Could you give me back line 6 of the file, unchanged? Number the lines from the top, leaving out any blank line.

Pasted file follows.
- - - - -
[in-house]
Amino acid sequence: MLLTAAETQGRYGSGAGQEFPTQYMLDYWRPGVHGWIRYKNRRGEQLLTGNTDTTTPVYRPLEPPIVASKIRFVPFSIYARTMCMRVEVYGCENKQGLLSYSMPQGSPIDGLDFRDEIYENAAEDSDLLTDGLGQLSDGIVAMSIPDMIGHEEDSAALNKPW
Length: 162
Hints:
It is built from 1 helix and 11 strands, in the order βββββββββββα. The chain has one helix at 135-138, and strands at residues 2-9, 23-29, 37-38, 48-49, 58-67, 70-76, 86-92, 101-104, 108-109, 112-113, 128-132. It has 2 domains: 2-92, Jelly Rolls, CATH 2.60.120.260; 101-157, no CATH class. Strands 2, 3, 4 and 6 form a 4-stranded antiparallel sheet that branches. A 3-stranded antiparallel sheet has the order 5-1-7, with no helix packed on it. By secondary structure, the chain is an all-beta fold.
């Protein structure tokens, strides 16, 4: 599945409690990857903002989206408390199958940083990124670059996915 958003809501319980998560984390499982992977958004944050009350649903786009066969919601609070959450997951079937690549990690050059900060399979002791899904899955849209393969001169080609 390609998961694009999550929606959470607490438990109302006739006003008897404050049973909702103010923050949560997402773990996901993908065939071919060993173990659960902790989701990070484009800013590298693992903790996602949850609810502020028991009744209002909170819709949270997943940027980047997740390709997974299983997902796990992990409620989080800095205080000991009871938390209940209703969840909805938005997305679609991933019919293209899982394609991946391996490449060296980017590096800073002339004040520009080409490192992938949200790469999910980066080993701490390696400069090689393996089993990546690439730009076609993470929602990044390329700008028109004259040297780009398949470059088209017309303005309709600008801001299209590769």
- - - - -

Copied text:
């Protein structure tokens, strides 16, 4: 599945409690990857903002989206408390199958940083990124670059996915 958003809501319980998560984390499982992977958004944050009350649903786009066969919601609070959450997951079937690549990690050059900060399979002791899904899955849209393969001169080609 390609998961694009999550929606959470607490438990109302006739006003008897404050049973909702103010923050949560997402773990996901993908065939071919060993173990659960902790989701990070484009800013590298693992903790996602949850609810502020028991009744209002909170819709949270997943940027980047997740390709997974299983997902796990992990409620989080800095205080000991009871938390209940209703969840909805938005997305679609991933019919293209899982394609991946391996490449060296980017590096800073002339004040520009080409490192992938949200790469999910980066080993701490390696400069090689393996089993990546690439730009076609993470929602990044390329700008028109004259040297780009398949470059088209017309303005309709600008801001299209590769």